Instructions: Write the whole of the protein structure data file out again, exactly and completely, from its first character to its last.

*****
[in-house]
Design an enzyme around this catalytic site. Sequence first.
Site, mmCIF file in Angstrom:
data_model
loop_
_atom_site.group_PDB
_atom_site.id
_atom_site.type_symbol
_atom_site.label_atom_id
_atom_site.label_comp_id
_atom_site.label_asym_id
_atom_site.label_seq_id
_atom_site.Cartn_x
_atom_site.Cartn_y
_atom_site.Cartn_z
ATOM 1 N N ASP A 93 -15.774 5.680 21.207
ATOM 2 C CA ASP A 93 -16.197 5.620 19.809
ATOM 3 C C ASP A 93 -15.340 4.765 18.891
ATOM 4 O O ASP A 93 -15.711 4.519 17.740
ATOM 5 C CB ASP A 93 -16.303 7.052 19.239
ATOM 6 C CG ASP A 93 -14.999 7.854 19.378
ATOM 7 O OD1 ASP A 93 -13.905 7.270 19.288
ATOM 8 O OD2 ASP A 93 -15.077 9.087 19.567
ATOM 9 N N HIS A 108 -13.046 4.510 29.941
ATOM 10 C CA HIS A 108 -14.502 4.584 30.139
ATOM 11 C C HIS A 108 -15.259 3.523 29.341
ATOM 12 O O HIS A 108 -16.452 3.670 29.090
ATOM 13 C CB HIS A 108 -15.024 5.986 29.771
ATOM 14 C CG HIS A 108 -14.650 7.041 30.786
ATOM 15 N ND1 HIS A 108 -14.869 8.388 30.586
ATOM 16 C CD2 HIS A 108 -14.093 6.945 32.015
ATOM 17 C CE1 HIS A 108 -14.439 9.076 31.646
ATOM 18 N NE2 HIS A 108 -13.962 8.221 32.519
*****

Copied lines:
[in-house]
Design an enzyme around this catalytic site. Sequence first.
Site, mmCIF file in Angstrom:
data_model
loop_
_atom_site.group_PDB
_atom_site.id
_atom_site.type_symbol
_atom_site.label_atom_id
_atom_site.label_comp_id
_atom_site.label_asym_id
_atom_site.label_seq_id
_atom_site.Cartn_x
_atom_site.Cartn_y
_atom_site.Cartn_z
ATOM 1 N N ASP A 93 -15.774 5.680 21.207
ATOM 2 C CA ASP A 93 -16.197 5.620 19.809
ATOM 3 C C ASP A 93 -15.340 4.765 18.891
ATOM 4 O O ASP A 93 -15.711 4.519 17.740
ATOM 5 C CB ASP A 93 -16.303 7.052 19.239
ATOM 6 C CG ASP A 93 -14.999 7.854 19.378
ATOM 7 O OD1 ASP A 93 -13.905 7.270 19.288
ATOM 8 O OD2 ASP A 93 -15.077 9.087 19.567
ATOM 9 N N HIS A 108 -13.046 4.510 29.941
ATOM 10 C CA HIS A 108 -14.502 4.584 30.139
ATOM 11 C C HIS A 108 -15.259 3.523 29.341
ATOM 12 O O HIS A 108 -16.452 3.670 29.090
ATOM 13 C CB HIS A 108 -15.024 5.986 29.771
ATOM 14 C CG HIS A 108 -14.650 7.041 30.786
ATOM 15 N ND1 HIS A 108 -14.869 8.388 30.586
ATOM 16 C CD2 HIS A 108 -14.093 6.945 32.015
ATOM 17 C CE1 HIS A 108 -14.439 9.076 31.646
ATOM 18 N NE2 HIS A 108 -13.962 8.221 32.519